- Seritage, a real estate investment trust that was spun out of Sears in 2015, said it's exploring strategic alternatives for its business.
- The company also announced that former Sears CEO Eddie Lampert, who had been serving as chair of Seritage's board, is retiring, effective immediately.
Seritage Growth Properties, a real estate investment trust that was spun out of embattled department store chain Sears in 2015, said Tuesday it is exploring strategic alternatives for its business.
The company also announced that former Sears CEO Eddie Lampert, who had been serving as chair of Seritage's board, is retiring, effective immediately.
Lampert said in a statement that he wanted to have greater flexibility to explore alternatives for his investment in Seritage, which could include participating with parties that may be interested in acquiring certain assets from the company.
As of Sept. 30, Lampert owned a 22.1% interest in the company and about 9.3% of Seritage's Class A shares, according to a securities filing.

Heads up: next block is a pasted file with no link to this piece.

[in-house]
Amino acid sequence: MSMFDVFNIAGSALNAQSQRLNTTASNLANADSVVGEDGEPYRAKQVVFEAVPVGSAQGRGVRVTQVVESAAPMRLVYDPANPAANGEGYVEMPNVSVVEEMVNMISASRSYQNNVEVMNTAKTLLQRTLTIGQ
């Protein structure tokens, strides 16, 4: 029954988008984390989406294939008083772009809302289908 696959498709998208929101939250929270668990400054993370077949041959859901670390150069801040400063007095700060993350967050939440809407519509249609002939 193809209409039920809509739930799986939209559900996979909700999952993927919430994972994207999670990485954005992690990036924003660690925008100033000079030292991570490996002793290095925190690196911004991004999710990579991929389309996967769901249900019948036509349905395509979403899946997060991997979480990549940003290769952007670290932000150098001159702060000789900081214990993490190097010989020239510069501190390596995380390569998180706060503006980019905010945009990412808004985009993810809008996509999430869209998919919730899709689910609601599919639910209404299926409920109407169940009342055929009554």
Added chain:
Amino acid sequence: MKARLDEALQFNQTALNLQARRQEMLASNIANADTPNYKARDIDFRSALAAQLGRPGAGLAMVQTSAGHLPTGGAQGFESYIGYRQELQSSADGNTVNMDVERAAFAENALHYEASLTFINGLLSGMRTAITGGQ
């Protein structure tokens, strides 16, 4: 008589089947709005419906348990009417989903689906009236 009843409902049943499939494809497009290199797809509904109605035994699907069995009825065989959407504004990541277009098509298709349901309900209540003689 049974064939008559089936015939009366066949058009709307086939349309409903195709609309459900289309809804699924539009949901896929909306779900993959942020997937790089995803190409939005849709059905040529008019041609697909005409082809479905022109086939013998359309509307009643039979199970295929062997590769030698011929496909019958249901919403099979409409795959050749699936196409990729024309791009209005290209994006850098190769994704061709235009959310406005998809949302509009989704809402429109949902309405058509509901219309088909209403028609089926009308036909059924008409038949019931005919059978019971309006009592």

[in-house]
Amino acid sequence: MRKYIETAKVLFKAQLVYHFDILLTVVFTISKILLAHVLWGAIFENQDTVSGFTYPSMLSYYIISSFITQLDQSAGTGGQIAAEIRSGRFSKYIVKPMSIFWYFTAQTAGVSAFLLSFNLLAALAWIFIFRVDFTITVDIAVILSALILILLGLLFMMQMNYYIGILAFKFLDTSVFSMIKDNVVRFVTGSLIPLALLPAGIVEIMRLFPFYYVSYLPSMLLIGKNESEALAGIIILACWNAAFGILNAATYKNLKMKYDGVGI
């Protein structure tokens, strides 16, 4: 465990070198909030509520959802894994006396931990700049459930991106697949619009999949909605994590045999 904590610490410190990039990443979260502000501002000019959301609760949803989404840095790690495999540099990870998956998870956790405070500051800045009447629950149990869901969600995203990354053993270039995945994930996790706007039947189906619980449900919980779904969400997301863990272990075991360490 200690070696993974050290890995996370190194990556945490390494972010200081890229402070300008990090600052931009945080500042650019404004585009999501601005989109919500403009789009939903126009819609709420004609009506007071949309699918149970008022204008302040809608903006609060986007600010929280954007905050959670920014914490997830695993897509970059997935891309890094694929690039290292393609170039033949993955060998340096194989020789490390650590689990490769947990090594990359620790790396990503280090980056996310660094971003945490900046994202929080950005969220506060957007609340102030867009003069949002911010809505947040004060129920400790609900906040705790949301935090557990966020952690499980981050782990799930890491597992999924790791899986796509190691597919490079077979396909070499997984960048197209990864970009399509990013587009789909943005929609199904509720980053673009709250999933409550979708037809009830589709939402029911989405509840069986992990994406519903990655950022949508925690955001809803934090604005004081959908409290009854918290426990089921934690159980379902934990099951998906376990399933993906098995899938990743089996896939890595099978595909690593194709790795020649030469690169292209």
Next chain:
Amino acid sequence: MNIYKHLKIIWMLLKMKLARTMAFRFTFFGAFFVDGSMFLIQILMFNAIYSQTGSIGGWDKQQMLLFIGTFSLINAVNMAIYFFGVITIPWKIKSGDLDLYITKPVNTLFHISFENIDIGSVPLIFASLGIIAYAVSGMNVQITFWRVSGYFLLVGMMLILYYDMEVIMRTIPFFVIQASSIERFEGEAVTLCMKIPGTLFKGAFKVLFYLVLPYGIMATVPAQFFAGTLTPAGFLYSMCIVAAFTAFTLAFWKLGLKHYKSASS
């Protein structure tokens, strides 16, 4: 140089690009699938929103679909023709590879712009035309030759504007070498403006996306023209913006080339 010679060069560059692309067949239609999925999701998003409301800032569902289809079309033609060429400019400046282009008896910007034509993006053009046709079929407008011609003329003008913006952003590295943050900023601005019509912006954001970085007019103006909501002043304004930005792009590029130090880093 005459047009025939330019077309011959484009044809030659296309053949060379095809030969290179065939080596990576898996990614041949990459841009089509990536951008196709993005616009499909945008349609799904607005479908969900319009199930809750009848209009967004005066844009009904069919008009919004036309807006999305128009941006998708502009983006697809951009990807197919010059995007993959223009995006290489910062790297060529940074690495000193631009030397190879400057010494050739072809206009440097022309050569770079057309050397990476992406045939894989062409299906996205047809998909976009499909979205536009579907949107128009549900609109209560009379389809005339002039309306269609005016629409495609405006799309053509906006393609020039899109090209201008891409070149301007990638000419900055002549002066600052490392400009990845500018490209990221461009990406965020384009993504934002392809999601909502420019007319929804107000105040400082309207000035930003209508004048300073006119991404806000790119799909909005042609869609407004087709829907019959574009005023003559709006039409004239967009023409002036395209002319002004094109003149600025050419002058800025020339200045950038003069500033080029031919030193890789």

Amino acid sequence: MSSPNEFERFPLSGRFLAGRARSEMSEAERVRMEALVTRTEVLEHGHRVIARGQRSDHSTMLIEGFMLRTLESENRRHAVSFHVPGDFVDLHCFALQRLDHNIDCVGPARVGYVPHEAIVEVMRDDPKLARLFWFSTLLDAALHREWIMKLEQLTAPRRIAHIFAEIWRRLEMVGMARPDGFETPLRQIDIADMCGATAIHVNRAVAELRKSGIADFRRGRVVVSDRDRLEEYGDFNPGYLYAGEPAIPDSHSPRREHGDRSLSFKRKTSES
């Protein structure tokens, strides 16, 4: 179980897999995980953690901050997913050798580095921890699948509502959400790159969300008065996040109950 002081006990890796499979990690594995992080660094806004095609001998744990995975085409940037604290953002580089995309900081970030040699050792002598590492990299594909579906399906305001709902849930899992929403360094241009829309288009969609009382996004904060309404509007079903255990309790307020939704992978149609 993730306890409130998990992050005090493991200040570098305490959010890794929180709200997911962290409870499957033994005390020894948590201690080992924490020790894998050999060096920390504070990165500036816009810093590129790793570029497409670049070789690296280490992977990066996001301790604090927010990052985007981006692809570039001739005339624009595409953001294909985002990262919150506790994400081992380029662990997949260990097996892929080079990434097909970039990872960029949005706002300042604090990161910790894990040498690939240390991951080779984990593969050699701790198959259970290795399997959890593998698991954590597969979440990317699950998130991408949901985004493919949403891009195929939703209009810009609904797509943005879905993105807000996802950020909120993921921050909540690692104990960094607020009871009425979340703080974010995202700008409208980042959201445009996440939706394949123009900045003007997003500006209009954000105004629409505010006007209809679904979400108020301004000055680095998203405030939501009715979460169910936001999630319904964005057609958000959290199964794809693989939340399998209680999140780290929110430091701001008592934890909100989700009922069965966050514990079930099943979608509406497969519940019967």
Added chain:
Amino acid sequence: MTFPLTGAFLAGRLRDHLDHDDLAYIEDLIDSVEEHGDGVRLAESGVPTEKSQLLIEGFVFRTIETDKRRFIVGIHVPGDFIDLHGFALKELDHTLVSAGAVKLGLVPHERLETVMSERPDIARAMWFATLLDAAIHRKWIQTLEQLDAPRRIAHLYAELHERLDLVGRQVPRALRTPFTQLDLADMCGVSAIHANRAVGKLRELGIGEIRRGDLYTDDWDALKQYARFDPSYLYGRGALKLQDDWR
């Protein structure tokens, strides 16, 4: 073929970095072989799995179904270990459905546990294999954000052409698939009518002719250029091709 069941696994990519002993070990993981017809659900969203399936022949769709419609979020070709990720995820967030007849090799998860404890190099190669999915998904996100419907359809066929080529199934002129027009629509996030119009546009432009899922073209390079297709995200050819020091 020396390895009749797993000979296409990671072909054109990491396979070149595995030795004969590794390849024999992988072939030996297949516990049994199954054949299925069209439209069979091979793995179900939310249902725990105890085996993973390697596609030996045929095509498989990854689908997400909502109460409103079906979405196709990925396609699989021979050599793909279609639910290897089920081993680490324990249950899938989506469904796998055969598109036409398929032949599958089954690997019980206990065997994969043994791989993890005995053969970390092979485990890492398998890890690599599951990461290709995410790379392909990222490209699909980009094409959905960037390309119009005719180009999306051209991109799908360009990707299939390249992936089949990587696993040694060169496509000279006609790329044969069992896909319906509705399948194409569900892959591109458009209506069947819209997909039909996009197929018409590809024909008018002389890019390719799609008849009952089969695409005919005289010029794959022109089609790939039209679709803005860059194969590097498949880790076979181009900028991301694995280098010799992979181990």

Seritage President and CEO Andrea Olshan added in a statement that the real estate company's board believes there is an ongoing disconnect between the company's stock price and net asset value.
"We believe that embarking on this process represents the most efficient way to unlock the full potential of this portfolio," she said.
Olshan took over as CEO about a year ago, and her focus has been on redeveloping the roughly 170 properties in which Seritage has interests. As of March 2021, Seritage said it no longer has exposure to Sears nor Kmart, as it has been backfilling those spaces with new tenants.
Seritage said Barclays is serving as its financial advisor in the review process.
The company also said Tuesday that current board members David Fawer and Thomas Steinberg will not seek reelection at an annual shareholders meeting. The company is searching for additional board candidates.
Seritage shares closed the day up 7.8%. The stock is down 17% year to date, bringing its market cap to $479 million.
Find the full press release here.
Correction: Sears continues to operate. An earlier version mischaracterized the department store chain.